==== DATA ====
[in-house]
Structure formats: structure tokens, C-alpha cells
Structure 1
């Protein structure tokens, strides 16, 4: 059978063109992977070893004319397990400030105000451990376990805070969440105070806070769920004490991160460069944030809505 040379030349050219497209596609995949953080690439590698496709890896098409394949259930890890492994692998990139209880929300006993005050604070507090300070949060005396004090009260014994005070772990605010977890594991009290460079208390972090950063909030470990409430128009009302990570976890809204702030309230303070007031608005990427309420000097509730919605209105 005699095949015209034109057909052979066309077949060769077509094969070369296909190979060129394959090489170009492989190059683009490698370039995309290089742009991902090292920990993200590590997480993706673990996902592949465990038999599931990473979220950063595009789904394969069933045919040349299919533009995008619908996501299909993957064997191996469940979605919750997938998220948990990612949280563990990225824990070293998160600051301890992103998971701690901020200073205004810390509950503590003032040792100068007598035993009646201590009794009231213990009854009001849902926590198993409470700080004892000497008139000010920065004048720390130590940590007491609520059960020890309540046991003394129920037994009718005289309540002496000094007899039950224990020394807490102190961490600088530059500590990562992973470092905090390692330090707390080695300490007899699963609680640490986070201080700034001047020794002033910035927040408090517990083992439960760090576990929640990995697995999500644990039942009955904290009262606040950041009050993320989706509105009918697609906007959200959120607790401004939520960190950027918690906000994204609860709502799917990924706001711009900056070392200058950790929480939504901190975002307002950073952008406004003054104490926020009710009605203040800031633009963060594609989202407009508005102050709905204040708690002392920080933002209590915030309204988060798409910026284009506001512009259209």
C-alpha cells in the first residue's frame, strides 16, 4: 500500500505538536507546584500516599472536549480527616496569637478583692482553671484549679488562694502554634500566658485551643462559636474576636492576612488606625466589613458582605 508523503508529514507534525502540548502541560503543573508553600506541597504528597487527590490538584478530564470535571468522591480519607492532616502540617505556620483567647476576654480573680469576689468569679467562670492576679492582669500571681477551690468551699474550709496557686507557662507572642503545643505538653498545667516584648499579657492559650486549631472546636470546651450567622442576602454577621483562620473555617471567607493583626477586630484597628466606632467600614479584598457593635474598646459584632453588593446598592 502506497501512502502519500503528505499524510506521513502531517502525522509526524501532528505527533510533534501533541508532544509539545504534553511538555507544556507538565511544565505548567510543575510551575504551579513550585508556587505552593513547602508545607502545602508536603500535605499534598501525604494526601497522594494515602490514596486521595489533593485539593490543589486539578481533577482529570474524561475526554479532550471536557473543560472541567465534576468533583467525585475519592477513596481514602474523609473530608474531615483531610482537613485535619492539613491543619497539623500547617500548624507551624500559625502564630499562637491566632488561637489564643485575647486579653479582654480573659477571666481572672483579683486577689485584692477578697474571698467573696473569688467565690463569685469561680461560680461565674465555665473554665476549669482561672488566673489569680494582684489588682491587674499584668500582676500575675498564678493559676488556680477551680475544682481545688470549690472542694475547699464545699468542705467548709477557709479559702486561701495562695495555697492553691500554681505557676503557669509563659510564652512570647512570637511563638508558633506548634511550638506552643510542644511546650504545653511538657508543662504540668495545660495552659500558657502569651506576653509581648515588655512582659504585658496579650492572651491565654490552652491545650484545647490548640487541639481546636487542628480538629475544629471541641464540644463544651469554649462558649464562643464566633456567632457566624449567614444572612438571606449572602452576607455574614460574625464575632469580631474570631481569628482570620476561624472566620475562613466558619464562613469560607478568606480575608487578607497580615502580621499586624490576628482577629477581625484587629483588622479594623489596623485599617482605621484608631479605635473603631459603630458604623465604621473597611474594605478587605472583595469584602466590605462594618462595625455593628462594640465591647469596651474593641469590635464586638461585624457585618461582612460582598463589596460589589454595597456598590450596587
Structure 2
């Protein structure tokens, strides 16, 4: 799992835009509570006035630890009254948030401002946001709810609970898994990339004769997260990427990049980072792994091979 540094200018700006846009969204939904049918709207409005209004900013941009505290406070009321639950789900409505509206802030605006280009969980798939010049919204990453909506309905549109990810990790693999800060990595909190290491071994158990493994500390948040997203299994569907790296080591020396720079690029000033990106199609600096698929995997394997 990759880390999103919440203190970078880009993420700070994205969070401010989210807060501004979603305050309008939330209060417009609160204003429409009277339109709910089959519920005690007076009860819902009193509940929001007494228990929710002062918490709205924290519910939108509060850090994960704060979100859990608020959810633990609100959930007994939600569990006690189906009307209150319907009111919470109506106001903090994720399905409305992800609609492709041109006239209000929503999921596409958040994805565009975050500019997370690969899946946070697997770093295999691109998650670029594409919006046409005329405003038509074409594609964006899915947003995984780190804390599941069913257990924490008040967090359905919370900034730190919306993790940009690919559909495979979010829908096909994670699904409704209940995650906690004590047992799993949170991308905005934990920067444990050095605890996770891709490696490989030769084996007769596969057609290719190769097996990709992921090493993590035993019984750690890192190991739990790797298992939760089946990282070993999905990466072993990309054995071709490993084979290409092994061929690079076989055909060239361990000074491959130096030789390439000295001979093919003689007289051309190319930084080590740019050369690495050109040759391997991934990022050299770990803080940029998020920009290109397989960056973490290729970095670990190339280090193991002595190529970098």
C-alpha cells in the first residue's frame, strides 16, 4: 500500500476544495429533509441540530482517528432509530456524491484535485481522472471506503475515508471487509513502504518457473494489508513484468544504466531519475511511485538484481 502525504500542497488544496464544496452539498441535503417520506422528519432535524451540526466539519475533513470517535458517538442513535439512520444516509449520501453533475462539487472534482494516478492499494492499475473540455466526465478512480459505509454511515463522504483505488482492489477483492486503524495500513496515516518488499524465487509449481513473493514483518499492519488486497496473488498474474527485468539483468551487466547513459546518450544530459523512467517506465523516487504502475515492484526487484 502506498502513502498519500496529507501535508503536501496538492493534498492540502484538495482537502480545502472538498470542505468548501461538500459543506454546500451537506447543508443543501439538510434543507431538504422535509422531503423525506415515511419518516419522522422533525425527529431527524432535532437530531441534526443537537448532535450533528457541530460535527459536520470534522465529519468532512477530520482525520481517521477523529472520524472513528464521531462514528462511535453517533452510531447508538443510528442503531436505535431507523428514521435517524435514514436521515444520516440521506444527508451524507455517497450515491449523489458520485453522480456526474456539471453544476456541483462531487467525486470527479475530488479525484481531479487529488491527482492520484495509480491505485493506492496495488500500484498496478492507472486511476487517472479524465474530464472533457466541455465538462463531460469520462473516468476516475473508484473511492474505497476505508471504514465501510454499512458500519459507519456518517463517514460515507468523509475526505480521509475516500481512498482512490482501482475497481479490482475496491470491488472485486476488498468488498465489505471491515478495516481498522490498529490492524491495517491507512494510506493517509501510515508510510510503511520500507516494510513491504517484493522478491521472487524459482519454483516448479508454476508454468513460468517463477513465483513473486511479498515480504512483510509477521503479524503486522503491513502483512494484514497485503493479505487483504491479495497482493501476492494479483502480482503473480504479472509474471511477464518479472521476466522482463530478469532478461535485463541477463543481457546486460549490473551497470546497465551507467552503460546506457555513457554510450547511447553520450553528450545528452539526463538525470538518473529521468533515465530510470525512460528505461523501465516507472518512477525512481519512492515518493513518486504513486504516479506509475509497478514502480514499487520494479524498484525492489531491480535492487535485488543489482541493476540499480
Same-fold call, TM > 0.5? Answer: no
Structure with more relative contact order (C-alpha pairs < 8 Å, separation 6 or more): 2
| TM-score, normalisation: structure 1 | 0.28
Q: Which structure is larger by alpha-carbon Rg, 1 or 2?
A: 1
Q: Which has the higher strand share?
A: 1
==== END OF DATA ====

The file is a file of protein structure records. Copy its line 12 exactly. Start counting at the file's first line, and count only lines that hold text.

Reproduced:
Q: Which structure is larger by alpha-carbon Rg, 1 or 2?